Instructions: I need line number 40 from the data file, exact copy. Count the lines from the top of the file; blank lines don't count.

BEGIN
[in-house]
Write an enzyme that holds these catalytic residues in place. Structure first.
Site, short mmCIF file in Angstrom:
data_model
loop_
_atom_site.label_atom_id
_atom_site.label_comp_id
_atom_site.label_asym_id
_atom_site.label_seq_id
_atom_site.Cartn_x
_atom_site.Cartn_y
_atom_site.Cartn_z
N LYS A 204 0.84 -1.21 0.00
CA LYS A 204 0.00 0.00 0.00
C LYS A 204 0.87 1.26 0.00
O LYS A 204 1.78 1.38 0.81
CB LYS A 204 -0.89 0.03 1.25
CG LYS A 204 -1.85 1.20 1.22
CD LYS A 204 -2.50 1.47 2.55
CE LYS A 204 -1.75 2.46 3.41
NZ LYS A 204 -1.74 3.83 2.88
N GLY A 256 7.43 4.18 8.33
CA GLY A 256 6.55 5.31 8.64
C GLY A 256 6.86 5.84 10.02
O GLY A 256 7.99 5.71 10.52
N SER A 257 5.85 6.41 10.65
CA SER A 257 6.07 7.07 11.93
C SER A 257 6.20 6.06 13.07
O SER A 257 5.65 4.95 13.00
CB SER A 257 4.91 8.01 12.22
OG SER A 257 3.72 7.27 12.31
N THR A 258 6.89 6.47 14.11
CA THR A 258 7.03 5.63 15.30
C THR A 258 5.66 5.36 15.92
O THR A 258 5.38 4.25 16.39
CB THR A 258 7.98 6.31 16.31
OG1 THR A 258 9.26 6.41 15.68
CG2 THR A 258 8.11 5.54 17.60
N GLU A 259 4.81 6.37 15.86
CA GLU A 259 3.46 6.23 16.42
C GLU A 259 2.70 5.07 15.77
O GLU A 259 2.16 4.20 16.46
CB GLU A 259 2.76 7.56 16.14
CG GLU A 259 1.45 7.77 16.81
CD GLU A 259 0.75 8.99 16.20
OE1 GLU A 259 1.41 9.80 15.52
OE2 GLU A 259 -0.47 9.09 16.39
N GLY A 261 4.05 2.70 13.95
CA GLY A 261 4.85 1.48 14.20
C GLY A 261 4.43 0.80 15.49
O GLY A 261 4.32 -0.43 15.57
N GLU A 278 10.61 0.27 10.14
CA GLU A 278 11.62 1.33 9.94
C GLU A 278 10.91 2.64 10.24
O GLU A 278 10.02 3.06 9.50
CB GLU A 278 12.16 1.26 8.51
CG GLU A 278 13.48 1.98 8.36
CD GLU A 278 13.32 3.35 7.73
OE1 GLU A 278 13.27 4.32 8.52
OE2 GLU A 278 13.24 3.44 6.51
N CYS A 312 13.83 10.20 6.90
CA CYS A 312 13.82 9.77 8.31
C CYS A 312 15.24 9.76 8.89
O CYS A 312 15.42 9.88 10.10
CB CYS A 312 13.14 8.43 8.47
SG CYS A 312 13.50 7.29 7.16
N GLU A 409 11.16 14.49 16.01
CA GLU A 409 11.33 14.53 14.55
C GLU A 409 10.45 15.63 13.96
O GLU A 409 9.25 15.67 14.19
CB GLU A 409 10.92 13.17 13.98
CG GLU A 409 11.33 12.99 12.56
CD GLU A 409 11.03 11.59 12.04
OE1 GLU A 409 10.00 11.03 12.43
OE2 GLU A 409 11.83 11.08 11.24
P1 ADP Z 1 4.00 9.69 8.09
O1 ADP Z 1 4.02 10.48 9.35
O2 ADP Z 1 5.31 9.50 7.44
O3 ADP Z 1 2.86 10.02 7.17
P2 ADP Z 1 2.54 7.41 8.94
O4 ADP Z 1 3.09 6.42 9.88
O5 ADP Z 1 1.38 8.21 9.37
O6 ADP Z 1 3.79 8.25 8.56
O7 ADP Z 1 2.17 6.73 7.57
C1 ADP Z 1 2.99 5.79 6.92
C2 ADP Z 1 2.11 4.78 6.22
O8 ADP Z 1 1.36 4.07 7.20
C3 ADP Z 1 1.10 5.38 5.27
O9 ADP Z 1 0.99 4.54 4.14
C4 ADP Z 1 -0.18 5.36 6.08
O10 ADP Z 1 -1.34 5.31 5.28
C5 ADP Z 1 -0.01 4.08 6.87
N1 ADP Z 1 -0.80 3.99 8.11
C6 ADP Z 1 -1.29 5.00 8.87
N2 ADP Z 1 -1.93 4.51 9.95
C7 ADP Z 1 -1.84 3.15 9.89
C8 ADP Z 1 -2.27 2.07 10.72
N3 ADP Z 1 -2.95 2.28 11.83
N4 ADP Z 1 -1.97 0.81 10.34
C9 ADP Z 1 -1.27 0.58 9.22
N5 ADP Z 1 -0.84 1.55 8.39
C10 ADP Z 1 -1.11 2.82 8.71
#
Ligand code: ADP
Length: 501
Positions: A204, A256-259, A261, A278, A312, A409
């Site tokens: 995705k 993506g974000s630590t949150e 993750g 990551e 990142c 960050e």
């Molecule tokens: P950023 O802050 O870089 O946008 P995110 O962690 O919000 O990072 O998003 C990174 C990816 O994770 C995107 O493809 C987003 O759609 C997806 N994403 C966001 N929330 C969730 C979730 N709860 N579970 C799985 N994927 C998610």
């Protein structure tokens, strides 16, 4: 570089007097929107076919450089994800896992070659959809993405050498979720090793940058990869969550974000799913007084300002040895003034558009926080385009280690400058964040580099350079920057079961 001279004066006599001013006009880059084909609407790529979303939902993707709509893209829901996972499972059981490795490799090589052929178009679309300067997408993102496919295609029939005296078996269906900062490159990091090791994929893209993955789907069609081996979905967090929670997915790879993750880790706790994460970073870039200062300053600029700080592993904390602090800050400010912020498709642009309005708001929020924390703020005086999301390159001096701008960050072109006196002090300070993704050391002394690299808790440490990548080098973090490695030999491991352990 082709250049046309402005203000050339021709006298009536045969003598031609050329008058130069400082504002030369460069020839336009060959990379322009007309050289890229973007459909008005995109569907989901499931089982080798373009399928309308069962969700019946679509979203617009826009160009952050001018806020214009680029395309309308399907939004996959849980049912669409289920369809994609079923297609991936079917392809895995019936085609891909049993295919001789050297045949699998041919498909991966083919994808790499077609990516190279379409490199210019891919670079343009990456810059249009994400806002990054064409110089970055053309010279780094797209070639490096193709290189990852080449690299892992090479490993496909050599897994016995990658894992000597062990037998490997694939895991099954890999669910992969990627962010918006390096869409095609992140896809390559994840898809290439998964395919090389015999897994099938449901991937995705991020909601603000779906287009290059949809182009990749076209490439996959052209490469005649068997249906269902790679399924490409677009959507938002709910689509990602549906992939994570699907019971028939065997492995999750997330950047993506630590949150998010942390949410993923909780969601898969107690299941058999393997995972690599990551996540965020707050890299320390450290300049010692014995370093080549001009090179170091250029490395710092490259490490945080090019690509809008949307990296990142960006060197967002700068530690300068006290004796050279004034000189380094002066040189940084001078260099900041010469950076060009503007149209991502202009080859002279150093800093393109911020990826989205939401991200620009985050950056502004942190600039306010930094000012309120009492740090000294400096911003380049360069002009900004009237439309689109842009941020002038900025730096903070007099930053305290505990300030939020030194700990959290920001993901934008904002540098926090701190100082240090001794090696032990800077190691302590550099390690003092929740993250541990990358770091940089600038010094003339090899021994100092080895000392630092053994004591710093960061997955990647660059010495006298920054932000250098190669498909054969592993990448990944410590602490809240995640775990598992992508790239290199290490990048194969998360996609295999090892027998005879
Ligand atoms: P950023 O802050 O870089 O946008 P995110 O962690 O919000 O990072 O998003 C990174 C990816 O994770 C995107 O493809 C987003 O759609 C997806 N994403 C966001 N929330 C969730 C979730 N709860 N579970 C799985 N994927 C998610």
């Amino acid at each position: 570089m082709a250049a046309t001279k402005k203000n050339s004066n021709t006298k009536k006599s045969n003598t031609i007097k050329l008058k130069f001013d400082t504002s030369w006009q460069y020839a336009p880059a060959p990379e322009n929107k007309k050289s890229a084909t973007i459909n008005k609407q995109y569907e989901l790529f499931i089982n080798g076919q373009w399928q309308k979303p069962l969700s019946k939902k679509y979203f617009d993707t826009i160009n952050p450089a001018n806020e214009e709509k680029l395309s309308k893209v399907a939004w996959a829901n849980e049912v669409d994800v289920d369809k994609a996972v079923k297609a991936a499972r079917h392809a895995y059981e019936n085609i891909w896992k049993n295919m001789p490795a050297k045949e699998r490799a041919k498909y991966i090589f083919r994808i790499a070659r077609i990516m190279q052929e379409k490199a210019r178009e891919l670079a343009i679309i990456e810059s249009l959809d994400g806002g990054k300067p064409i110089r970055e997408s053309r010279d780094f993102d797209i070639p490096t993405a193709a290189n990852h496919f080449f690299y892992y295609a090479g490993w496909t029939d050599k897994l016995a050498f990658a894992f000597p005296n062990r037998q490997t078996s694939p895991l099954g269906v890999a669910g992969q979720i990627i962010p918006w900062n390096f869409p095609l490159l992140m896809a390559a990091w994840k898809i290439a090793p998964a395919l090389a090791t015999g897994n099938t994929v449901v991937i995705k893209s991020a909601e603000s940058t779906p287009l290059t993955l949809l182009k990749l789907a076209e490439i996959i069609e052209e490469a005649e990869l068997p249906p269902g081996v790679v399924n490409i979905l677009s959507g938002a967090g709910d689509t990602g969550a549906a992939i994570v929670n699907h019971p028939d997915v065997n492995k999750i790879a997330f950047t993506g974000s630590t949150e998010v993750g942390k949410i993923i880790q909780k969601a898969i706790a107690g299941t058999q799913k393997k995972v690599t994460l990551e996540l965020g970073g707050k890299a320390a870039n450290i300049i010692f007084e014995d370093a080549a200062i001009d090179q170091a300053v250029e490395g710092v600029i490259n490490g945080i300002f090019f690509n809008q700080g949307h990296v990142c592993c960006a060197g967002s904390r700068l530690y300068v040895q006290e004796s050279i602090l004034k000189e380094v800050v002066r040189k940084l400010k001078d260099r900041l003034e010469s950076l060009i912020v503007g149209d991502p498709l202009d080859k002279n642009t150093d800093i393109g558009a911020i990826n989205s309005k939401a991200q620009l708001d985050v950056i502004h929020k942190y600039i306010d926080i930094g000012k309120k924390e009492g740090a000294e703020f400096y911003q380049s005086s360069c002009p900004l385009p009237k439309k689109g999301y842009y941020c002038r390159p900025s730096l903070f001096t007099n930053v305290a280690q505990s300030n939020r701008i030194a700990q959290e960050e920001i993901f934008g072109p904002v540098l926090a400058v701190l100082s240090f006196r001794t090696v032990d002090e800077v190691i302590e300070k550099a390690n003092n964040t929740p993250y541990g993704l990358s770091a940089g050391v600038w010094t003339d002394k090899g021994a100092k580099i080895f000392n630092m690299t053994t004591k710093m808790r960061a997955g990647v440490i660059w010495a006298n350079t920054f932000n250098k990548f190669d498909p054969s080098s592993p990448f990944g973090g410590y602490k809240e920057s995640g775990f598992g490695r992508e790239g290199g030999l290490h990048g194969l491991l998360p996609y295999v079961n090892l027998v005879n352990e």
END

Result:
CA GLU A 259 3.46 6.23 16.42